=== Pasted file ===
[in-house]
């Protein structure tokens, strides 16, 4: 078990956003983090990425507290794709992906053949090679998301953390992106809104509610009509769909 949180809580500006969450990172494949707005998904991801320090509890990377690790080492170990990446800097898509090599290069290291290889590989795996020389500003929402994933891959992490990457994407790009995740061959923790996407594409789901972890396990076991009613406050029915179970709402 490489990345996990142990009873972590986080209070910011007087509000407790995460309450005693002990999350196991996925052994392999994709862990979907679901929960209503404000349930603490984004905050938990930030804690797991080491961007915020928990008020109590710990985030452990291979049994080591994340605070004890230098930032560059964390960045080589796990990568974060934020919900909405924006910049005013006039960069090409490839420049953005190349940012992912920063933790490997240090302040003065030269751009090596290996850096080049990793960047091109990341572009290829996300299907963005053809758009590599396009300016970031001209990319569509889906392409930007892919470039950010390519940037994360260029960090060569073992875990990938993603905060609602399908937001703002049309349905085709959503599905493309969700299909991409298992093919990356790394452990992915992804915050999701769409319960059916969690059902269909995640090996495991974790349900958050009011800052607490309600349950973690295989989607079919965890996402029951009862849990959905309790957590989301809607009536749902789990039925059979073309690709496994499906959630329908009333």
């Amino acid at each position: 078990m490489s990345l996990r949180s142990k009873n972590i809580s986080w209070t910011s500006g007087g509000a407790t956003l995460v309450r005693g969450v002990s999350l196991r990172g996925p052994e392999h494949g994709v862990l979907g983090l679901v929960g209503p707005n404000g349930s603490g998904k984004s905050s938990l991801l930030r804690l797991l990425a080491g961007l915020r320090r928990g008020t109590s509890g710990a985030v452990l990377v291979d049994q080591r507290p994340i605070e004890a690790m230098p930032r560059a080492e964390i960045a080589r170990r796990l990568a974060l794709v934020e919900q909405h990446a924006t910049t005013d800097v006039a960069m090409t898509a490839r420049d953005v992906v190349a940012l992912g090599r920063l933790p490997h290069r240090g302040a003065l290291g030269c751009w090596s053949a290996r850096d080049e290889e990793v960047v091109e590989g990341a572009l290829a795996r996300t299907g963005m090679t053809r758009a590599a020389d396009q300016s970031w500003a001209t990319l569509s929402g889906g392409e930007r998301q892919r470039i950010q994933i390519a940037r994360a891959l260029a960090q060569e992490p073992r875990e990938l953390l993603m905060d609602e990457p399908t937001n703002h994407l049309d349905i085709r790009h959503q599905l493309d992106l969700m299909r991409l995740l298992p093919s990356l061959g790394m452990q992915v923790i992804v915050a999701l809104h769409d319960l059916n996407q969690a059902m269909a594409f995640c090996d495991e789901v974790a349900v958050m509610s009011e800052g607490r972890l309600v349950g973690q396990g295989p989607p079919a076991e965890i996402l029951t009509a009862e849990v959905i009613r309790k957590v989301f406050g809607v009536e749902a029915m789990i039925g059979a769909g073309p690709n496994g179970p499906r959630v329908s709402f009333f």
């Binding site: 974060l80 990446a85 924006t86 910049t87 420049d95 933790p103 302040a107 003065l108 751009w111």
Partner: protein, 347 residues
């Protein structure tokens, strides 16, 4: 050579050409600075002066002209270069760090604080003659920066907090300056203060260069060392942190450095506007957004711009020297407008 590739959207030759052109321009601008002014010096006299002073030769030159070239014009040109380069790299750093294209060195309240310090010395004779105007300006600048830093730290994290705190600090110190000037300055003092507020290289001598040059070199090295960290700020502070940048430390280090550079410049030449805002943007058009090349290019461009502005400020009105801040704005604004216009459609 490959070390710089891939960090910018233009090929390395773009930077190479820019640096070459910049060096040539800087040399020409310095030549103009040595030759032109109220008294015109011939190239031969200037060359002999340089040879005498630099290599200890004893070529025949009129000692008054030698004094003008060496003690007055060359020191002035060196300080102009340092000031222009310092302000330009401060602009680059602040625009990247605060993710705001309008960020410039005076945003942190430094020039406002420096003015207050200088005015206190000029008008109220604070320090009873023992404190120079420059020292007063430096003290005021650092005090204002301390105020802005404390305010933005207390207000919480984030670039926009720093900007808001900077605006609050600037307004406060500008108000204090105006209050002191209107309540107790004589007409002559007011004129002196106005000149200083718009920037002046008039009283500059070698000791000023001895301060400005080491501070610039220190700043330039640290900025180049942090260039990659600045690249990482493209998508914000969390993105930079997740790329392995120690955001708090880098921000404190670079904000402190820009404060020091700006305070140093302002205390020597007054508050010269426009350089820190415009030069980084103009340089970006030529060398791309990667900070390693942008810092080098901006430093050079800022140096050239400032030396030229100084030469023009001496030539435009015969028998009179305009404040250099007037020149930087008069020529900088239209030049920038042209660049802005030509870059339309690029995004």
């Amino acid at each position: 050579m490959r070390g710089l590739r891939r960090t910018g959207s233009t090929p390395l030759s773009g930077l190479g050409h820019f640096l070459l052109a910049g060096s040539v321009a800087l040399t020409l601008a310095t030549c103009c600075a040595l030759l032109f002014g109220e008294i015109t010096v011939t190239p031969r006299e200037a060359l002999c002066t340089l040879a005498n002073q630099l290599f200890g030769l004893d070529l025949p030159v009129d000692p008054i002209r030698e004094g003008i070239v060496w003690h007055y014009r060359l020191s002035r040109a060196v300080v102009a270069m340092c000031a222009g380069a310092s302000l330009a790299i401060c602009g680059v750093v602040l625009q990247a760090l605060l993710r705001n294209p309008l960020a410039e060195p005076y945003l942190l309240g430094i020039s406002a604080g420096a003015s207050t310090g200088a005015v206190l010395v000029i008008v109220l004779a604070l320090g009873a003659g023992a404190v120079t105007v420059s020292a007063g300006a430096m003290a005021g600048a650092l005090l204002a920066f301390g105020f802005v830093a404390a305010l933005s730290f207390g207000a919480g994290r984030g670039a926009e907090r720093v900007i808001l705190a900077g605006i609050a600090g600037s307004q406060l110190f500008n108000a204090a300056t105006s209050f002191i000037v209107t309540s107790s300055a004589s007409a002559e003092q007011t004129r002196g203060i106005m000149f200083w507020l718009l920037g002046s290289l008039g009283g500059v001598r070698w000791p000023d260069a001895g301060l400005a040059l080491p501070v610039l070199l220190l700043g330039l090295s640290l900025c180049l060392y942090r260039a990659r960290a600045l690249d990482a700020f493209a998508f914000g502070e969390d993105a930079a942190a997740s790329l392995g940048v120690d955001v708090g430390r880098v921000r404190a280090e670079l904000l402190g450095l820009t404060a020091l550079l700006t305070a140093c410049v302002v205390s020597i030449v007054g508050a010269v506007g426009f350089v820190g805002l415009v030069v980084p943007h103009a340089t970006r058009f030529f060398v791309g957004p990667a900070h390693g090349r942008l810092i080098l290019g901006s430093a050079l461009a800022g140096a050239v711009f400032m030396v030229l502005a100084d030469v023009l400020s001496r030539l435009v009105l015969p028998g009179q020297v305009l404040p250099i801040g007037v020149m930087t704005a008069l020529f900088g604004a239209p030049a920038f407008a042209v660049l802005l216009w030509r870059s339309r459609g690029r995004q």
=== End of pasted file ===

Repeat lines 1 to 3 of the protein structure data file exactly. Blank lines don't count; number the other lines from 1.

[in-house]
């Protein structure tokens, strides 16, 4: 078990956003983090990425507290794709992906053949090679998301953390992106809104509610009509769909 949180809580500006969450990172494949707005998904991801320090509890990377690790080492170990990446800097898509090599290069290291290889590989795996020389500003929402994933891959992490990457994407790009995740061959923790996407594409789901972890396990076991009613406050029915179970709402 490489990345996990142990009873972590986080209070910011007087509000407790995460309450005693002990999350196991996925052994392999994709862990979907679901929960209503404000349930603490984004905050938990930030804690797991080491961007915020928990008020109590710990985030452990291979049994080591994340605070004890230098930032560059964390960045080589796990990568974060934020919900909405924006910049005013006039960069090409490839420049953005190349940012992912920063933790490997240090302040003065030269751009090596290996850096080049990793960047091109990341572009290829996300299907963005053809758009590599396009300016970031001209990319569509889906392409930007892919470039950010390519940037994360260029960090060569073992875990990938993603905060609602399908937001703002049309349905085709959503599905493309969700299909991409298992093919990356790394452990992915992804915050999701769409319960059916969690059902269909995640090996495991974790349900958050009011800052607490309600349950973690295989989607079919965890996402029951009862849990959905309790957590989301809607009536749902789990039925059979073309690709496994499906959630329908009333």
């Amino acid at each position: 078990m490489s990345l996990r949180s142990k009873n972590i809580s986080w209070t910011s500006g007087g509000a407790t956003l995460v309450r005693g969450v002990s999350l196991r990172g996925p052994e392999h494949g994709v862990l979907g983090l679901v929960g209503p707005n404000g349930s603490g998904k984004s905050s938990l991801l930030r804690l797991l990425a080491g961007l915020r320090r928990g008020t109590s509890g710990a985030v452990l990377v291979d049994q080591r507290p994340i605070e004890a690790m230098p930032r560059a080492e964390i960045a080589r170990r796990l990568a974060l794709v934020e919900q909405h990446a924006t910049t005013d800097v006039a960069m090409t898509a490839r420049d953005v992906v190349a940012l992912g090599r920063l933790p490997h290069r240090g302040a003065l290291g030269c751009w090596s053949a290996r850096d080049e290889e990793v960047v091109e590989g990341a572009l290829a795996r996300t299907g963005m090679t053809r758009a590599a020389d396009q300016s970031w500003a001209t990319l569509s929402g889906g392409e930007r998301q892919r470039i950010q994933i390519a940037r994360a891959l260029a960090q060569e992490p073992r875990e990938l953390l993603m905060d609602e990457p399908t937001n703002h994407l049309d349905i085709r790009h959503q599905l493309d992106l969700m299909r991409l995740l298992p093919s990356l061959g790394m452990q992915v923790i992804v915050a999701l809104h769409d319960l059916n996407q969690a059902m269909a594409f995640c090996d495991e789901v974790a349900v958050m509610s009011e800052g607490r972890l309600v349950g973690q396990g295989p989607p079919a076991e965890i996402l029951t009509a009862e849990v959905i009613r309790k957590v989301f406050g809607v009536e749902a029915m789990i039925g059979a769909g073309p690709n496994g179970p499906r959630v329908s709402f009333f």